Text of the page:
"Next to Normal," an acclaimed rock musical about a young woman who is bipolar, allowed director Jessica Burzlaff to combine two of her interests for the show, opening Friday at The Empty Space.
"I'm a marriage and family therapist by trade," she says, "but a theater kid at heart."
Dealing with mental illness is the main theme of the show in which most of the dialogue is sung, accompanied by recorded music.
About two weeks ago I happened to be present at a CSUB 60 Plus Club meeting where three of the main actors did a scene from the show. From that brief presentation, I can assure you that it's very intense and definitely holds your attention.
"A second theme is hope," Burzlaff said. "It's so refreshing because it deals with a woman called Diana and it's told from her point of view."
Diana, who has been diagnosed as bipolar, is played by Bethany Lahammer. The character is married to Dan (Adam Calvillo) and has a teenage daughter (Emily Candia.) A remarkable thing about "Next to Normal" is that playwright Brian Yorkey won the 2009 Pulitzer Prize for drama, an honor rarely given to a musical. Also, Tom Kitt received a Tony for the show's musical score.
"It's a little dark but there's quite a bit of levity in it, too," the director said. "It takes place during six months of Diana's life, from September to March."
Burzlaff became aware of the play about five years ago when she was in graduate school at Cal State Bakersfield.
Part of her motivation is to create awareness of NAMI, of the National Alliance on Mental Illness. She's a member of the local affiliate, which is paying for a portion of the production costs.
Also in the cast are Taylor Lozano and Shawn Rader, a well-known member of the Gaslight Melodrama company who plays a character who is both real and unreal. Joshua Lubatti portrays a psychiatrist.
Christopher Burzlaff, Jessica's husband, is assistant director and Michael Crider, music director.
Burzlaff estimates the two-act play's running time is about two hours, including a 15-minute intermission.
Performances of "Next to Normal" continue through Feb. 8 at the Oak Street theater.
'The Wasco Kid'
Opening Friday at the Gaslight Melodrama is "The Legend of the Wasco Kid," director Michael Prince's original play about Wasco -- its past but mostly as the town is at present.
Don Kruszka plays Johnny Wasco, a pioneer U.S. marshal who is propelled into the 21st century by a tornado and has trouble establishing his credibility.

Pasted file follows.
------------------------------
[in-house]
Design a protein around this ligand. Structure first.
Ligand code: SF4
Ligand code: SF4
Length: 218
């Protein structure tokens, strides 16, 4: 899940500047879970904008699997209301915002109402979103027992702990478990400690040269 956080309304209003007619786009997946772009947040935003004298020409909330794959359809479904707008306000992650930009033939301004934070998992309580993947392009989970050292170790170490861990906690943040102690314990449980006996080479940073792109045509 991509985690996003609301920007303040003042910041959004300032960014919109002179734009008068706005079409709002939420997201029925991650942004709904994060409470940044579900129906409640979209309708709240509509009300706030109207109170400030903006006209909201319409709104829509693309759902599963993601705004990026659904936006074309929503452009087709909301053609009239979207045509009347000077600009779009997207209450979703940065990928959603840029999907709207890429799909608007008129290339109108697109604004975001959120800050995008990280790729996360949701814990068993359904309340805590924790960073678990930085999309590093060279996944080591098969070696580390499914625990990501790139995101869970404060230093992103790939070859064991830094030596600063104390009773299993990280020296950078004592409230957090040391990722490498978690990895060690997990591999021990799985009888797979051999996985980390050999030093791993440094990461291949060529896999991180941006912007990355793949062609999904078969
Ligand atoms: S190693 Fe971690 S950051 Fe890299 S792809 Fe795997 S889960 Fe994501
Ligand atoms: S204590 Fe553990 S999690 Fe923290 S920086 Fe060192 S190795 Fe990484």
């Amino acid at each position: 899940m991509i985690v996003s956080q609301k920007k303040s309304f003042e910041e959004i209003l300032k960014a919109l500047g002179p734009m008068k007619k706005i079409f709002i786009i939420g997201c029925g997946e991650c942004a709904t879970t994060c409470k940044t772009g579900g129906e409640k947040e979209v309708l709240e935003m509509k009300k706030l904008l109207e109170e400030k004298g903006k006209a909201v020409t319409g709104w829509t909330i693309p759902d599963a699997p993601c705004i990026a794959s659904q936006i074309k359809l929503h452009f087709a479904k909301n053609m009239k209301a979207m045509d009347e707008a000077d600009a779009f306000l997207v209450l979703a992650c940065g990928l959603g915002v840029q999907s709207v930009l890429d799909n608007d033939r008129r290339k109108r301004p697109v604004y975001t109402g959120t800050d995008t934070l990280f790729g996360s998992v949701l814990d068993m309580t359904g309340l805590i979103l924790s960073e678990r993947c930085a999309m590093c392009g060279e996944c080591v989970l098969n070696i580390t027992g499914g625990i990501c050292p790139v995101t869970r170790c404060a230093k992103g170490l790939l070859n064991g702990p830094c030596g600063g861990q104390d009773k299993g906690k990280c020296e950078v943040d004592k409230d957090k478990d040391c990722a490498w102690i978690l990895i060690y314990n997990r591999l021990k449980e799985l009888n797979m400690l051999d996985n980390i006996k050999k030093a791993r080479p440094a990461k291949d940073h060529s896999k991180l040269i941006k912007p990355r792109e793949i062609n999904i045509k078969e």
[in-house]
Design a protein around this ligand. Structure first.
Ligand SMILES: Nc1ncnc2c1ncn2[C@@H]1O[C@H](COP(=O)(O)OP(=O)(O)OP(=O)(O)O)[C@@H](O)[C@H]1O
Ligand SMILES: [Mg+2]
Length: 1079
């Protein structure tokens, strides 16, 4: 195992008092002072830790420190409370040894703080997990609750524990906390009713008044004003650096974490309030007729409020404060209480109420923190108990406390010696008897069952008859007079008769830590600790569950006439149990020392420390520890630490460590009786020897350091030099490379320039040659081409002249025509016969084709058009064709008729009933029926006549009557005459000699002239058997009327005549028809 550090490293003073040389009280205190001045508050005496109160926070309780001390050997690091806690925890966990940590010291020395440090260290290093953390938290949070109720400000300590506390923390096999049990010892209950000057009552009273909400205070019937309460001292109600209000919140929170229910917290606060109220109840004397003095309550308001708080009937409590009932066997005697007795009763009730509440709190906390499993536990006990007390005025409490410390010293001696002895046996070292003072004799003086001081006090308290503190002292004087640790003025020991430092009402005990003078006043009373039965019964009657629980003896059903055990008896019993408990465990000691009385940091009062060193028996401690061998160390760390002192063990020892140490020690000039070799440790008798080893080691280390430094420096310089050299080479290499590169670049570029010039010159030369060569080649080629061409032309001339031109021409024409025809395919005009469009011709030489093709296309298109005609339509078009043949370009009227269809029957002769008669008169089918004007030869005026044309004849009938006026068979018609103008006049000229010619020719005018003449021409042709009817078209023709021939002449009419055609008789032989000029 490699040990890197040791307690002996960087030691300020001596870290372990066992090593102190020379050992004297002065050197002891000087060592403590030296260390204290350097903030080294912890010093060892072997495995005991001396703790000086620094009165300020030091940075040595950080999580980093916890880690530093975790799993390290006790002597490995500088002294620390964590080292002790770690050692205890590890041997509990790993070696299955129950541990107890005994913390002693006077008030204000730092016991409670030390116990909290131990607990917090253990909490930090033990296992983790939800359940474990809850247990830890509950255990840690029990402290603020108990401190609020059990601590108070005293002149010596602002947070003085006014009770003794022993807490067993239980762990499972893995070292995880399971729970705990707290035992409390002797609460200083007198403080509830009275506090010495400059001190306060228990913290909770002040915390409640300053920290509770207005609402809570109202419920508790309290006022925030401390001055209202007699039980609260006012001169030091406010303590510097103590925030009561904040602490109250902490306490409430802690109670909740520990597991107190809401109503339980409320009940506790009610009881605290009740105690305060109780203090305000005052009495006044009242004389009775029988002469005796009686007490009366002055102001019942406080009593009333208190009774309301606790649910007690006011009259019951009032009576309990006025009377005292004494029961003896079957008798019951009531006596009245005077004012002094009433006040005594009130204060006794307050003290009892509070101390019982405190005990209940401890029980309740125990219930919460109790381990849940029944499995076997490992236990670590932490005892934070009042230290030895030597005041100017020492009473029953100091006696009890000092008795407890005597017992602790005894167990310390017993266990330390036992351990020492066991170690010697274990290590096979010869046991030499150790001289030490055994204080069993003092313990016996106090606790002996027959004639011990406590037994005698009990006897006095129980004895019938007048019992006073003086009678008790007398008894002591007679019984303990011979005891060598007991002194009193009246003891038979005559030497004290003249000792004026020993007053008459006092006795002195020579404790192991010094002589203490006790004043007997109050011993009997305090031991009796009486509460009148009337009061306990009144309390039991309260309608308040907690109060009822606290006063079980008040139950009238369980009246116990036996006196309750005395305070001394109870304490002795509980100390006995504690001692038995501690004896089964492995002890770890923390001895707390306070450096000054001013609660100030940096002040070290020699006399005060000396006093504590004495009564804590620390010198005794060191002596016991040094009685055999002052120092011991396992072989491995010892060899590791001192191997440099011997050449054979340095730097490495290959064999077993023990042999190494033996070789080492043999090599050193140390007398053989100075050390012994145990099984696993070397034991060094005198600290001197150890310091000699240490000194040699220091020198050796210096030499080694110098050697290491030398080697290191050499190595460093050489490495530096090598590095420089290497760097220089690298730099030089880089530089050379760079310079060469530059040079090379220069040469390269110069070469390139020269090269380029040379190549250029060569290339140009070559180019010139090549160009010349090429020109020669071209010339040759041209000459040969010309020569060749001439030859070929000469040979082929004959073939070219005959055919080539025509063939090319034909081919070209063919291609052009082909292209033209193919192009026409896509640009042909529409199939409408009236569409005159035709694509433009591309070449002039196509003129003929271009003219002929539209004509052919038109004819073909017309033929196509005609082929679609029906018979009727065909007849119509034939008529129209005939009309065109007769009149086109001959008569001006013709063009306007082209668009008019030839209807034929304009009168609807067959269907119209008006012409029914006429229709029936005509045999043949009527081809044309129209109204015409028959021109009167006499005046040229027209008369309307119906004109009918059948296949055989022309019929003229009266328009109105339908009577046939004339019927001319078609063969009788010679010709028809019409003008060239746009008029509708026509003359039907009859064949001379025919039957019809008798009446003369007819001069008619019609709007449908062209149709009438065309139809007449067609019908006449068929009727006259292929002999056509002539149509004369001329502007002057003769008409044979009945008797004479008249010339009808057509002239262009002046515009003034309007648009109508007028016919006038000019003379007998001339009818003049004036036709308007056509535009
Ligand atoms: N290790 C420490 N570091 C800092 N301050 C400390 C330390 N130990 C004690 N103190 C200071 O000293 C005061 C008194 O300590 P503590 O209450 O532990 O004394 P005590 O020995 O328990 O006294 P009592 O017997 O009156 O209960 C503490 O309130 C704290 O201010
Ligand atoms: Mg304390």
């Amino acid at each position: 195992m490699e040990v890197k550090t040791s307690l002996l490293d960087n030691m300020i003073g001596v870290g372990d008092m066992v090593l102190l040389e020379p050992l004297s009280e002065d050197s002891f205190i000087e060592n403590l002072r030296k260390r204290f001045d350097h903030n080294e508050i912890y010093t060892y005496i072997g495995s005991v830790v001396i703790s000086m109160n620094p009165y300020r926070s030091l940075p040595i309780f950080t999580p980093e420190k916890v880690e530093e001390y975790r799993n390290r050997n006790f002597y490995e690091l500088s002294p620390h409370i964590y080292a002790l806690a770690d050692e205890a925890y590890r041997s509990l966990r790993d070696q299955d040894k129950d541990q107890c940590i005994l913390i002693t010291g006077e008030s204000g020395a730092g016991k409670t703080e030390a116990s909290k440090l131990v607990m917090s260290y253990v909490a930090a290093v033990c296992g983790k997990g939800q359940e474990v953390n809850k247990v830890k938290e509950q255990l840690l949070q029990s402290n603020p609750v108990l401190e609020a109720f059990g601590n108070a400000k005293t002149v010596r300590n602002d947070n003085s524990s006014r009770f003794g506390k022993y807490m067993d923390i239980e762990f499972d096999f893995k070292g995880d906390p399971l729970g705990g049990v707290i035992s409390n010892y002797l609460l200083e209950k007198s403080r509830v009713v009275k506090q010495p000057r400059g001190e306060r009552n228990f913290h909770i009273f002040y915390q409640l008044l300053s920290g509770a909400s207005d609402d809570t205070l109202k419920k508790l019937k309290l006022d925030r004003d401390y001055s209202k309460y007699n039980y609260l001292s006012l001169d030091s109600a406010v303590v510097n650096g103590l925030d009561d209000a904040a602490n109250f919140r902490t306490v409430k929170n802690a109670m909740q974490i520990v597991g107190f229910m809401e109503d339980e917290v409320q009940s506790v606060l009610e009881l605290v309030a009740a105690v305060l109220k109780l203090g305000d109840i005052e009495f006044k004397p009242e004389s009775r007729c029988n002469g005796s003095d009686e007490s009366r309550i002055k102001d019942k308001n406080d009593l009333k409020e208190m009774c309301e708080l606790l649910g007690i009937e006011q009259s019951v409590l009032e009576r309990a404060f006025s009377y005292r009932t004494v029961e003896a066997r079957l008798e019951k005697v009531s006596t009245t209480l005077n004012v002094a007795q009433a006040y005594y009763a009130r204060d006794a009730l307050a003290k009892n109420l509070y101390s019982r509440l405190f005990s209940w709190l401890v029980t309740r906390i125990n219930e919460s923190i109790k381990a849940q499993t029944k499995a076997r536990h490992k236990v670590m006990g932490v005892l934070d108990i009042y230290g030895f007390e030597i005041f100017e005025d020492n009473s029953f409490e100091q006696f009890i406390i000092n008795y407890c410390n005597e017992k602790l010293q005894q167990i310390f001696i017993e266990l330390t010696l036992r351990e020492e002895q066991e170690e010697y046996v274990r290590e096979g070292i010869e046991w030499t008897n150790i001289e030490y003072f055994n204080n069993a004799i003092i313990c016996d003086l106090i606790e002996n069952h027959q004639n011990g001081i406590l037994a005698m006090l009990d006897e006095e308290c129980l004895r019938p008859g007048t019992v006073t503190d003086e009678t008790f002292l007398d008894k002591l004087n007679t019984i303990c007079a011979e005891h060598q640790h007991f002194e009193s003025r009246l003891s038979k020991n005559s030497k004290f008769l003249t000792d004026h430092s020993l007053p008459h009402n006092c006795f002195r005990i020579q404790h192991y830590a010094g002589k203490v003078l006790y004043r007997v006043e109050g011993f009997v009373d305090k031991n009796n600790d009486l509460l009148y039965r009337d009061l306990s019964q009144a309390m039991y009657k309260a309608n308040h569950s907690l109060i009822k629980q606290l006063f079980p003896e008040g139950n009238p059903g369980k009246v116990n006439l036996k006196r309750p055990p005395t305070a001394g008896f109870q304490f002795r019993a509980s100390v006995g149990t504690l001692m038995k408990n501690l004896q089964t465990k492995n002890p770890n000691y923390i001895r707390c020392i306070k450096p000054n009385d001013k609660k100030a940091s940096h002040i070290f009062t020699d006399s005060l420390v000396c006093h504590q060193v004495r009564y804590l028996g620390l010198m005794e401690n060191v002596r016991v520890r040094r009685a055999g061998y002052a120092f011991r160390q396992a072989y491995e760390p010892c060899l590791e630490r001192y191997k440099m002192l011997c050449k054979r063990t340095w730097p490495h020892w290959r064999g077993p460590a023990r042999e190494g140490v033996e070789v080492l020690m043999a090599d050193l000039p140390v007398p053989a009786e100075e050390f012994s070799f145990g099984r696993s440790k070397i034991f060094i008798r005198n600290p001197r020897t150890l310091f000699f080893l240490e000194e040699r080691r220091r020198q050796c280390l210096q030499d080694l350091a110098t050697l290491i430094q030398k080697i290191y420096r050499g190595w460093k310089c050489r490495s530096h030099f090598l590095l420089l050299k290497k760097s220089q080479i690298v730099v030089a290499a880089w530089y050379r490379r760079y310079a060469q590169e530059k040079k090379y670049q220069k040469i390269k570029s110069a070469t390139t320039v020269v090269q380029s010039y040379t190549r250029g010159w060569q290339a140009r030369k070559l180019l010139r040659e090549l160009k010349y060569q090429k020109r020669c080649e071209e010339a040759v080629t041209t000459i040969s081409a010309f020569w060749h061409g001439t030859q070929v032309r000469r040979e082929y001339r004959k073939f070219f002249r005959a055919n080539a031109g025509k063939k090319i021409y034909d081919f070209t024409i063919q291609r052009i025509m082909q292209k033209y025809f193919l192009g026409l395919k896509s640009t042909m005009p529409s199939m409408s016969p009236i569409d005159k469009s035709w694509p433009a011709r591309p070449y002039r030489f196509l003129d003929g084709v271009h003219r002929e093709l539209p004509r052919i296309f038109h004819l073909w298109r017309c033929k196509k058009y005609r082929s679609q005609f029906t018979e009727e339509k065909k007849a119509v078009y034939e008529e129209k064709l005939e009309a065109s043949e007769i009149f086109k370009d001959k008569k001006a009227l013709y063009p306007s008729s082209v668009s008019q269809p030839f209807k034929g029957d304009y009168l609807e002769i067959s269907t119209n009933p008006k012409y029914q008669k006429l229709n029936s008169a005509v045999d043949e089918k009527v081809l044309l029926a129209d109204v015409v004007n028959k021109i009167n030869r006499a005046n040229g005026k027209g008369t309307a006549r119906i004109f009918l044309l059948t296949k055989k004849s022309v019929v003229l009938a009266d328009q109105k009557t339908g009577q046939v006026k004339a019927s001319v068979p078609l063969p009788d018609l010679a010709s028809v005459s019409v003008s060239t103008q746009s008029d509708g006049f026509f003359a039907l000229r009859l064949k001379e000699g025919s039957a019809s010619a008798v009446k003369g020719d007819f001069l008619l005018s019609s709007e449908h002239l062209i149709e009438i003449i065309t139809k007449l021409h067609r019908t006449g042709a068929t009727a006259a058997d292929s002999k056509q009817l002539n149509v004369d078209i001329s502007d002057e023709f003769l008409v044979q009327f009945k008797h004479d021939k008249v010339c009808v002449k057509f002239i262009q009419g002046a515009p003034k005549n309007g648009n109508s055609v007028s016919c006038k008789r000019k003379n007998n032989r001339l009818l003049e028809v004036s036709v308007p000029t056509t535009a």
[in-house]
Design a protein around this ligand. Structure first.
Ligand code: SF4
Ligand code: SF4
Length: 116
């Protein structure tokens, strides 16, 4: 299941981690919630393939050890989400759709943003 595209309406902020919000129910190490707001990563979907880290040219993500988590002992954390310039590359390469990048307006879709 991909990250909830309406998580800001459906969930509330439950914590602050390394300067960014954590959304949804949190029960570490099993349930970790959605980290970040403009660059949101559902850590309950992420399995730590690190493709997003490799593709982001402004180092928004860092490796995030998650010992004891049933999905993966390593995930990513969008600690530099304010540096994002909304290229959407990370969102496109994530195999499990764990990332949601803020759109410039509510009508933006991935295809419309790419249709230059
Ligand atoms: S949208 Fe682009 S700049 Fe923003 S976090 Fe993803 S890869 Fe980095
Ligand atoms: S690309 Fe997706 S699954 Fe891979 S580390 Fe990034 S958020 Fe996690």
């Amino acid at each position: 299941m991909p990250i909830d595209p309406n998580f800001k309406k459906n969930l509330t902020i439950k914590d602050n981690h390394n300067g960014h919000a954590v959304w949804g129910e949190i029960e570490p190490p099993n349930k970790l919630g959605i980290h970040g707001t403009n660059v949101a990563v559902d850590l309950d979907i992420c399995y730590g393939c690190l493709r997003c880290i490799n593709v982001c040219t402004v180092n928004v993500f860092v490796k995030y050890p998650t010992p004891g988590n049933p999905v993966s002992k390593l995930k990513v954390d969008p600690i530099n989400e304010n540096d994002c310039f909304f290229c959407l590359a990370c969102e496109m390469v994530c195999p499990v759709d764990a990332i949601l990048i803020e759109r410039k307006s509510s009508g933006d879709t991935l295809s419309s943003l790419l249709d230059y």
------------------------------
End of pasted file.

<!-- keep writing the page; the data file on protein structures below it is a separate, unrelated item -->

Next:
Typically, Gaslight does a western show for its first show of the year but Prince decided to give the 2014 edition a slightly different flavor.
"The idea of doing a somewhat modern western mixed with a fish-out-of-water story seemed fun and exciting," he said. "The Festival of Roses is something Wasco is very well-known for, so it made sense to set a big chunk of the action around that."
A conflict arises when "evil tycoon Sherwood Shafter" tries to bring an end to the town's annual rose festival.
All of the actors, including Kruszka, are members of the Gaslight company: Jay Stodder,Matt Thompson, Ali Dougherty, Taylor Dunn and Jennifer Prince.
Country singer in Tehachapi
Deborah Hand-Cutler, co-owner of Fiddlers Crossing, describes country singer Amber Cross as a rising star.
Cross, who'll be at the Tehachapi coffee house Saturday evening, is "one of those singers that you'll soon enough be able to tell your friends, 'I heard her first at Fiddlers Crossing,'" Hand-Cutler said.
I visited the singer's website (ambercross.com) to listen to her rendition of "San Joaquin," a storytelling song that recounts in a meaningful way the history of the valley. And she definitely has a distinctive voice and manner.
"Listening to her old-school country songs and honest back-porch voice has been likened to putting an archival Smithsonian recording on the turntable," Hand-Cutler said.
Originally from Maine, Cross spent her early years surrounded by gospel music in a small-town church where her father preached and her mother played piano. After attending the University of New Mexico and living in various parts of California, she now makes her home in San Luis Obispo.
Cross's first album, "You Can Come In," was released in March and according to Hand-Cutler, received a five-star review from Country People Magazine.
The singer plays guitar and performs both solo and with backup players. At Fiddlers Crossing, she will be accompanied by her husband, guitarist James Moore, and by Cajun/old-time fiddler Gary Arcemont.
Church hosts African choir
The African Children's Choir is making a return visit to Bakersfield on Feb. 5 at the Compassion Christian Church.
"We actually had them here last year and since it was such an awesome experience and a great response from the city, they contacted us to come again," said Marisa Banks, administrator of the church's Agapeland Christian Academy.
Agapeland, she said, is a preschool and also offers before- and after-school programs for children who attend kindergarten through sixth grade at nearby elementary schools.
"We have found (the choir) to be a wonderful experience," Banks said. "It gives American children a chance to interact with children from Africa; it's a win-win all the way around."
The choir's parent organization, Music for Life, founded in 1984, works in seven African countries -- Uganda, Kenya, Rwanda, Sudan, Nigeria, Ghana and South Africa -- according to a news release from the nonprofit humanitarian agency. The children's choir has toured throughout the United States, Canada and the United Kingdom.
For its performance here, the 18-member choir will present African songs and dances as well as traditional spirituals and gospel music.
Although there is no charge for admission, a freewill offering will be accepted.